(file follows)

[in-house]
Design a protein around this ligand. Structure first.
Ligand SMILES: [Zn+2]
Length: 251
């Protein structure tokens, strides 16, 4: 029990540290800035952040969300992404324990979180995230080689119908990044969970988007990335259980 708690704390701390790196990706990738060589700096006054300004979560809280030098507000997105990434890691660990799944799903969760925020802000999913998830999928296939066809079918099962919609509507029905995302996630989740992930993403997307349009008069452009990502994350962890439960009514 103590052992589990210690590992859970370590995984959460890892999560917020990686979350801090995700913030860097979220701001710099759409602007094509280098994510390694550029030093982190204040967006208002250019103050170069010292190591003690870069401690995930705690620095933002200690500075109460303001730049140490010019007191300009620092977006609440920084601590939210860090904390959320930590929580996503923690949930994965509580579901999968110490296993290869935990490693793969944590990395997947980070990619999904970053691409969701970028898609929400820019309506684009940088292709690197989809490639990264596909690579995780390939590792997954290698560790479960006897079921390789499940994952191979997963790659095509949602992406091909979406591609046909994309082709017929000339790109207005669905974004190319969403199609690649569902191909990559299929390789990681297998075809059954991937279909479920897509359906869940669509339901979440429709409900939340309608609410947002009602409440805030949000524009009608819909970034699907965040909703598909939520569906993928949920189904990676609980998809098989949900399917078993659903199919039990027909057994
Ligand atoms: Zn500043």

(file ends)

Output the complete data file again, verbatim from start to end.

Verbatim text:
[in-house]
Design a protein around this ligand. Structure first.
Ligand SMILES: [Zn+2]
Length: 251
């Protein structure tokens, strides 16, 4: 029990540290800035952040969300992404324990979180995230080689119908990044969970988007990335259980 708690704390701390790196990706990738060589700096006054300004979560809280030098507000997105990434890691660990799944799903969760925020802000999913998830999928296939066809079918099962919609509507029905995302996630989740992930993403997307349009008069452009990502994350962890439960009514 103590052992589990210690590992859970370590995984959460890892999560917020990686979350801090995700913030860097979220701001710099759409602007094509280098994510390694550029030093982190204040967006208002250019103050170069010292190591003690870069401690995930705690620095933002200690500075109460303001730049140490010019007191300009620092977006609440920084601590939210860090904390959320930590929580996503923690949930994965509580579901999968110490296993290869935990490693793969944590990395997947980070990619999904970053691409969701970028898609929400820019309506684009940088292709690197989809490639990264596909690579995780390939590792997954290698560790479960006897079921390789499940994952191979997963790659095509949602992406091909979406591609046909994309082709017929000339790109207005669905974004190319969403199609690649569902191909990559299929390789990681297998075809059954991937279909479920897509359906869940669509339901979440429709409900939340309608609410947002009602409440805030949000524009009608819909970034699907965040909703598909939520569906993928949920189904990676609980998809098989949900399917078993659903199919039990027909057994
Ligand atoms: Zn500043």